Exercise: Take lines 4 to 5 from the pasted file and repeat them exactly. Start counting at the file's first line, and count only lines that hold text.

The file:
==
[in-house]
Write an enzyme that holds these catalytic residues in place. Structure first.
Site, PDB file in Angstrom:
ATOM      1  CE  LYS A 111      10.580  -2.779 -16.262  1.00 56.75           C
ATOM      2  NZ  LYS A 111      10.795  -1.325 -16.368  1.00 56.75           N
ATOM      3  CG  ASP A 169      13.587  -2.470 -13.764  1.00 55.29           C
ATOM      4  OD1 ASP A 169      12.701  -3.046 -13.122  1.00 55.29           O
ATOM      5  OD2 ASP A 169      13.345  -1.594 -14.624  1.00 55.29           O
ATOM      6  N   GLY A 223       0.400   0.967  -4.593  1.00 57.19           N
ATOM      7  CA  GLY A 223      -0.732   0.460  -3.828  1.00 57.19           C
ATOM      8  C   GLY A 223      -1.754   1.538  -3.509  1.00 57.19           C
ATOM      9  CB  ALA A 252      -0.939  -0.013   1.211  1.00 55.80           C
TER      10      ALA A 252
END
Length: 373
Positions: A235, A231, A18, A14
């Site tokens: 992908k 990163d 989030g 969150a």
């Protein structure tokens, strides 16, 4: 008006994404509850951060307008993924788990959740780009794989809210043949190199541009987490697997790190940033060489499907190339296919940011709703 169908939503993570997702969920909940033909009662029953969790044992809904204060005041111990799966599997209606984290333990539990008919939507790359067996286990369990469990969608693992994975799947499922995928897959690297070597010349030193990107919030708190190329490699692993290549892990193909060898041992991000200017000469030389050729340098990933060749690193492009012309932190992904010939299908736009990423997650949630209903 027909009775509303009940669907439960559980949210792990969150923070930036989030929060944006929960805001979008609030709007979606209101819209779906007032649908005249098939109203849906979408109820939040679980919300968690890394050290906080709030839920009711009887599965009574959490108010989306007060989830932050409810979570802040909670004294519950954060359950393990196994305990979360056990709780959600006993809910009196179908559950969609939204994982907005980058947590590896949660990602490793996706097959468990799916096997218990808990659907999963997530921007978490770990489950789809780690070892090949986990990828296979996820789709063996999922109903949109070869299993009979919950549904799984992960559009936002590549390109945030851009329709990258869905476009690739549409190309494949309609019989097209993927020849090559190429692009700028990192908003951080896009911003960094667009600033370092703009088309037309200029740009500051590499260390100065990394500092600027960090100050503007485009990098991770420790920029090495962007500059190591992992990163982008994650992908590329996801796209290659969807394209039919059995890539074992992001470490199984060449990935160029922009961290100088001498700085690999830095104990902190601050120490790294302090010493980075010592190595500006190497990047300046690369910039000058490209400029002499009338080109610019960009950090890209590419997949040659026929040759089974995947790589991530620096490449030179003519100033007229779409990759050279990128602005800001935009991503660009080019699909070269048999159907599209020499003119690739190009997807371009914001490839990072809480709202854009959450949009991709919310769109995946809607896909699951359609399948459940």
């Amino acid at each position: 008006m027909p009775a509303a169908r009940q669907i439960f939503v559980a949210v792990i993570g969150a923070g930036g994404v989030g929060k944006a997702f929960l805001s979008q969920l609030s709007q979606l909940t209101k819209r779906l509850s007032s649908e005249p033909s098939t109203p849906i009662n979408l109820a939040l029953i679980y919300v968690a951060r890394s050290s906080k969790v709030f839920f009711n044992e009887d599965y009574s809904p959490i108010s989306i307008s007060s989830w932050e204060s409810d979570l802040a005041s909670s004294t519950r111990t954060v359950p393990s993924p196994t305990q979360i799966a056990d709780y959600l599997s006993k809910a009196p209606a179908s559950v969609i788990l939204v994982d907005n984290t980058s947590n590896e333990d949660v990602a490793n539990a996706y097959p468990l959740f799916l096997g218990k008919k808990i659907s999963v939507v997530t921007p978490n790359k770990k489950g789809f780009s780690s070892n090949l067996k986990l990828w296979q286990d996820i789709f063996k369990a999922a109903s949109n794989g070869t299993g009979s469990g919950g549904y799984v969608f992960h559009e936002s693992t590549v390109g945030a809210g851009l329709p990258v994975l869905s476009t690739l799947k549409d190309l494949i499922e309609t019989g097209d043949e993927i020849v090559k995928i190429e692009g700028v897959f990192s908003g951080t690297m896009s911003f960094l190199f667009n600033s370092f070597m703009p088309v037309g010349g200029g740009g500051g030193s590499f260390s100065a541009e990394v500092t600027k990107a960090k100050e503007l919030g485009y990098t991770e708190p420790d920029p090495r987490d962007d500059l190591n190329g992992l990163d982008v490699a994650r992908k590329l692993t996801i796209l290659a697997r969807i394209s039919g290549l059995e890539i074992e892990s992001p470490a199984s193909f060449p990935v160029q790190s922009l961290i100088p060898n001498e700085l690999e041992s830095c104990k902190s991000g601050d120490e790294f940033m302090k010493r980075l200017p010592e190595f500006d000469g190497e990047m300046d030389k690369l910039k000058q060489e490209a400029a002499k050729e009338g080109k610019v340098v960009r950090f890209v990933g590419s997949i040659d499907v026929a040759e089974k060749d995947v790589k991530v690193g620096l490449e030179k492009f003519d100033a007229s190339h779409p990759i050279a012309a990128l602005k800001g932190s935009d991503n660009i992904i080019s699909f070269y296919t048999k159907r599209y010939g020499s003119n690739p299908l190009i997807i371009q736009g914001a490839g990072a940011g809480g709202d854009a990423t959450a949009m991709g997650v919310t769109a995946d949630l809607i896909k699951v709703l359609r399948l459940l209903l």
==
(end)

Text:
ATOM      1  CE  LYS A 111      10.580  -2.779 -16.262  1.00 56.75           C
ATOM      2  NZ  LYS A 111      10.795  -1.325 -16.368  1.00 56.75           N